Cleaning Tips: The Value of Measuring pH

Practical advice to get the job done more efficiently

Professional carpet cleaners know that effective cleaning depends on measuring the pH of the soil or stain. Quick and easy ways to test the pH of a stain include using litmus paper, pH paper or an electronic pH meter. You can also use the same items to test the pH of your cleaning solution. Cleaning solutions and carpet stains fall into one of three pH categories:

acidic (with a pH reading of less than 7), neutral (pH of 7) or alkaline (pH over 7). If you know the pH of the spot, you should use a cleaner with an opposite pH to remove the soil. As a rule of thumb, all-purpose carpet cleaners are usually alkaline (high pH) cleaners, since most stains fall into the acid category.

Adhering to these general guidelines will help you clean carpet effectively. But there’s a lot more to pH than the basics, and if you want to take your business to the next level, it pays to develop a more in-depth understanding of pH. According to James Smith in a recent article at, “We must remember that nylon and wool are the two fibers most likely to need definitive alkaline limits.” Since that pertains to many of your jobs, it’s worth digging deeper into Smith’s article. His sound advice includes the following:

  • “In most cases, wool should not be over a pH of 5.5. This would include before it is cleaned, during its cleaning, and afterwards. If wool’s reading is higher than this, its polarity will revert to its natural anionic state and it will no longer have colorfastness with acid-dyes.”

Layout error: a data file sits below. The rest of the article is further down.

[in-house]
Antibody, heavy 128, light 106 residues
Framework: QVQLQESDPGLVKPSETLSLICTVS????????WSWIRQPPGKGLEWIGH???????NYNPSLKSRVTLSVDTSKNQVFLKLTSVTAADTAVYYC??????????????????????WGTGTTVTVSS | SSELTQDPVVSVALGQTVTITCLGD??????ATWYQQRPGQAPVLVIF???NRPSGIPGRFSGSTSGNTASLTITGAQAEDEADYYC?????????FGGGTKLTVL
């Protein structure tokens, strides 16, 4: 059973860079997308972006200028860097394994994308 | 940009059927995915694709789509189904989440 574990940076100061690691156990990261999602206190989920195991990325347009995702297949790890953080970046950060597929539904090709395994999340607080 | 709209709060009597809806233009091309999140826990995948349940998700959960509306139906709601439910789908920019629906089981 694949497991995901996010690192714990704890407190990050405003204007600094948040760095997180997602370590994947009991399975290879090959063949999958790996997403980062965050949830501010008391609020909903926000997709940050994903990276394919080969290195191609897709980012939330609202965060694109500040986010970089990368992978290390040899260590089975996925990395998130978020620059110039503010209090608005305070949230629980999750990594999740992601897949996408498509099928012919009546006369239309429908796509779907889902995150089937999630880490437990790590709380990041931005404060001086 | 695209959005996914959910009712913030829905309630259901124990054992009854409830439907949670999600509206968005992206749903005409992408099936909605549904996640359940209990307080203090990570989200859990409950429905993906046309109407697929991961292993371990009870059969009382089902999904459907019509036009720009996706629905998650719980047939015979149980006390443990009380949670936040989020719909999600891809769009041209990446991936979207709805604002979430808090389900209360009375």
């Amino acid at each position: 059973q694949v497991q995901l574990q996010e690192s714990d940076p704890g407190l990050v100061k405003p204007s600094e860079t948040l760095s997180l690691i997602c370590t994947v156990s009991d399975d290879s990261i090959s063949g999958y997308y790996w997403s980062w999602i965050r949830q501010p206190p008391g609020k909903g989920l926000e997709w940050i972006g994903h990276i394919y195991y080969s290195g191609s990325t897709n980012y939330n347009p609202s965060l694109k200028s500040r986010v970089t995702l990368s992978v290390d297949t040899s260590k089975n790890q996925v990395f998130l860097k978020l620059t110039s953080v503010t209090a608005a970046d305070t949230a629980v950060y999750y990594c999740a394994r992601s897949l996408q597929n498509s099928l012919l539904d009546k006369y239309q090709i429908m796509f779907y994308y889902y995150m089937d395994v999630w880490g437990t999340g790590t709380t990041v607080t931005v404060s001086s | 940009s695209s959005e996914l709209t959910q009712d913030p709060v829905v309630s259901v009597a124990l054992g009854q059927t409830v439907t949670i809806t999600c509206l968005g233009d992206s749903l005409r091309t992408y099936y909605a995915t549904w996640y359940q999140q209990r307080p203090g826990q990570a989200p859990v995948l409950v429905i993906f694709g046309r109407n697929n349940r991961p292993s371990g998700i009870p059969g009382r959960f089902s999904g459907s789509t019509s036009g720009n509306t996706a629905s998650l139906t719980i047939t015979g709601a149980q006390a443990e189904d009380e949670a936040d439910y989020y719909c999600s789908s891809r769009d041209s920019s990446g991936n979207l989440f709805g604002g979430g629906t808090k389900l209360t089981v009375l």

• “It is just an educated guess, but nylon should not have a pH higher than 8. It needs a pH higher than 7 for detergency to reach a satisfactory level. Higher than 8 indicates that its stain resistance is likely damaged. Soil’s pH is generally from 6.1 to 6.7.”

Cleaning Tips: Become the King of Grout

Sanded grout is both porous and absorbent, which means they require a seal, and it’s pretty safe to assume a sealant was used during installation. Grout lines are generally lower than the tiles, so water fills the grout lines and soil from daily traffic and cleaning are deposited on the grout. That is compounded when sanded grout is used because of the natural porosity of the material. That means — especially with new customers who may not have a regular maintenance program — the grout lines are likely to be discolored. Here are some quick tips to get the grout looking new and keep it looking great.

• Assuming the grout was sealed properly during installation (or additives were used in the grout), step one for new customers is a rigorous scrub and rinse with either a neutral cleaner or all-purpose cleaner.

• Step two is to ensure routine maintenance, consisting of daily sweeping or mopping (depending on amount of floor traffic) with a neutral cleaner. If the tiles are located in restrooms or kitchens, the routine is the same —simply use a degreaser or sanitizer in the solution.

• Be sure to convince your customer of the value of a periodic maintenance plan, because even with daily cleaning grout becomes soiled and needs a more thorough cleaning. This usually involves scrubbing and rinsing, anywhere from weekly to quarterly depending on use.

If the grout has not been well maintained, it may need restoration. For some good advice on restoring grout — and on a more in-depth look at grout cleaning in general — see